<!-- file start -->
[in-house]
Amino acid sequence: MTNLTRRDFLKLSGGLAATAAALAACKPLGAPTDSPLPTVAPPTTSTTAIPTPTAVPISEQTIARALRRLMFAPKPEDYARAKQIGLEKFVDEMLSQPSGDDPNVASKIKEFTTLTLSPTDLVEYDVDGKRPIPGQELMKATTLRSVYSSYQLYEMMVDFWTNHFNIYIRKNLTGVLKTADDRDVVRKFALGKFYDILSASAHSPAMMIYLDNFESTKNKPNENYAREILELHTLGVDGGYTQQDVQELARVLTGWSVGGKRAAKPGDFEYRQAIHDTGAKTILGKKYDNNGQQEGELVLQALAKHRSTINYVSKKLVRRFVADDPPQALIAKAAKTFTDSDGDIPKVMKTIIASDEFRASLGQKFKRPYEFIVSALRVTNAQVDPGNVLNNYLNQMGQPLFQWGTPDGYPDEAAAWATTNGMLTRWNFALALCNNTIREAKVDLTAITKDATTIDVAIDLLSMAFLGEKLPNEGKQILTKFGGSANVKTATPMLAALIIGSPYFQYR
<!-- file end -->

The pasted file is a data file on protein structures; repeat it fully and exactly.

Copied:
[in-house]
Amino acid sequence: MTNLTRRDFLKLSGGLAATAAALAACKPLGAPTDSPLPTVAPPTTSTTAIPTPTAVPISEQTIARALRRLMFAPKPEDYARAKQIGLEKFVDEMLSQPSGDDPNVASKIKEFTTLTLSPTDLVEYDVDGKRPIPGQELMKATTLRSVYSSYQLYEMMVDFWTNHFNIYIRKNLTGVLKTADDRDVVRKFALGKFYDILSASAHSPAMMIYLDNFESTKNKPNENYAREILELHTLGVDGGYTQQDVQELARVLTGWSVGGKRAAKPGDFEYRQAIHDTGAKTILGKKYDNNGQQEGELVLQALAKHRSTINYVSKKLVRRFVADDPPQALIAKAAKTFTDSDGDIPKVMKTIIASDEFRASLGQKFKRPYEFIVSALRVTNAQVDPGNVLNNYLNQMGQPLFQWGTPDGYPDEAAAWATTNGMLTRWNFALALCNNTIREAKVDLTAITKDATTIDVAIDLLSMAFLGEKLPNEGKQILTKFGGSANVKTATPMLAALIIGSPYFQYR